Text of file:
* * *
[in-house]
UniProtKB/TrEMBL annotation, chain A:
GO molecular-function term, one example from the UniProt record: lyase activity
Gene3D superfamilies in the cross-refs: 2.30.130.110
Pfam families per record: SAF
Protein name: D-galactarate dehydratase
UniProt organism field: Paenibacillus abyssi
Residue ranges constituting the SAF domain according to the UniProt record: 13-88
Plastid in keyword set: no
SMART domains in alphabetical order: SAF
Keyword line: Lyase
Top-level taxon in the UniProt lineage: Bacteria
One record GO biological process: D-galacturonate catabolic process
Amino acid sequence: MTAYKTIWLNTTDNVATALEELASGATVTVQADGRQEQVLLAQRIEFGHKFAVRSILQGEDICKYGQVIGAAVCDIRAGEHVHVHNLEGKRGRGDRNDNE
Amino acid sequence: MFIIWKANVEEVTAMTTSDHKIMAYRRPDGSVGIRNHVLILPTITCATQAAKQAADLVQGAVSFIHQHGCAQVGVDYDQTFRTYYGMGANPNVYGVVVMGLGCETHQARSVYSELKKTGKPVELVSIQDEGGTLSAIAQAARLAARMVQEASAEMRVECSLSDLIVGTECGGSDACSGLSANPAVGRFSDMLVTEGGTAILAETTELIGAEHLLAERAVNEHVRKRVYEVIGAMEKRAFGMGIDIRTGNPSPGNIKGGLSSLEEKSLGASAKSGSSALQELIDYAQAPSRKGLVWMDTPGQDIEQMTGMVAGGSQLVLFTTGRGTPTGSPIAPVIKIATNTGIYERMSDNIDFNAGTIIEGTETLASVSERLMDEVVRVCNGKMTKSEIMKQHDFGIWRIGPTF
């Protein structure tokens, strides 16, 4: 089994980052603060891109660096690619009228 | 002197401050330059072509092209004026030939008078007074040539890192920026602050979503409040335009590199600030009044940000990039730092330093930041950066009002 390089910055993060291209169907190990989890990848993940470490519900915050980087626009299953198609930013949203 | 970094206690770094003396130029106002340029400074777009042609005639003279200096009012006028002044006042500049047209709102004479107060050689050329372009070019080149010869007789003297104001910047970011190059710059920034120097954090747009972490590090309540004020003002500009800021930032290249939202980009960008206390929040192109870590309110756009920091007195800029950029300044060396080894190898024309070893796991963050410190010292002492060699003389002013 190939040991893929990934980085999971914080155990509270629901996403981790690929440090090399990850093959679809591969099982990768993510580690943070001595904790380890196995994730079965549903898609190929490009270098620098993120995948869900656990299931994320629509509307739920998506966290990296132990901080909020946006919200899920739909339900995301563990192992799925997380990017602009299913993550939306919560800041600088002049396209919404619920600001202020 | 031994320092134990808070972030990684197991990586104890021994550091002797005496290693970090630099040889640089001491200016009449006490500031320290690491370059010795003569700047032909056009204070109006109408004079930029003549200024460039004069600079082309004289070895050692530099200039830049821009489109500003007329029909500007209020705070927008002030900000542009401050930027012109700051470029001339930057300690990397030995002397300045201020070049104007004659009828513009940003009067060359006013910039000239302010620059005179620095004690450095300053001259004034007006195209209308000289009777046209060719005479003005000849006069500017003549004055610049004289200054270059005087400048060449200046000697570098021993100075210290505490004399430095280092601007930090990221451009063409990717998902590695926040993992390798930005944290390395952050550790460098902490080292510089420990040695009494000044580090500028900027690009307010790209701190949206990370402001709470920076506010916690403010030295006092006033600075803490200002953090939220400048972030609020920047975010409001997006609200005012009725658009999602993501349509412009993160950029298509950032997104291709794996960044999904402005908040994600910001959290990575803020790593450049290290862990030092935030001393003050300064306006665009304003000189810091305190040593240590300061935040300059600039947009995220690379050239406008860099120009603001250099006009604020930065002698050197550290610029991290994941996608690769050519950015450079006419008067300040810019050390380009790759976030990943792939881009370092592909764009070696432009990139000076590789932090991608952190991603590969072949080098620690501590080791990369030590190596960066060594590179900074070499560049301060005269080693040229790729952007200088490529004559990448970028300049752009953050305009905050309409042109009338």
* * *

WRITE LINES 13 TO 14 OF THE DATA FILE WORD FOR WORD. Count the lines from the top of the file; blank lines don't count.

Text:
One record GO biological process: D-galacturonate catabolic process
Amino acid sequence: MTAYKTIWLNTTDNVATALEELASGATVTVQADGRQEQVLLAQRIEFGHKFAVRSILQGEDICKYGQVIGAAVCDIRAGEHVHVHNLEGKRGRGDRNDNE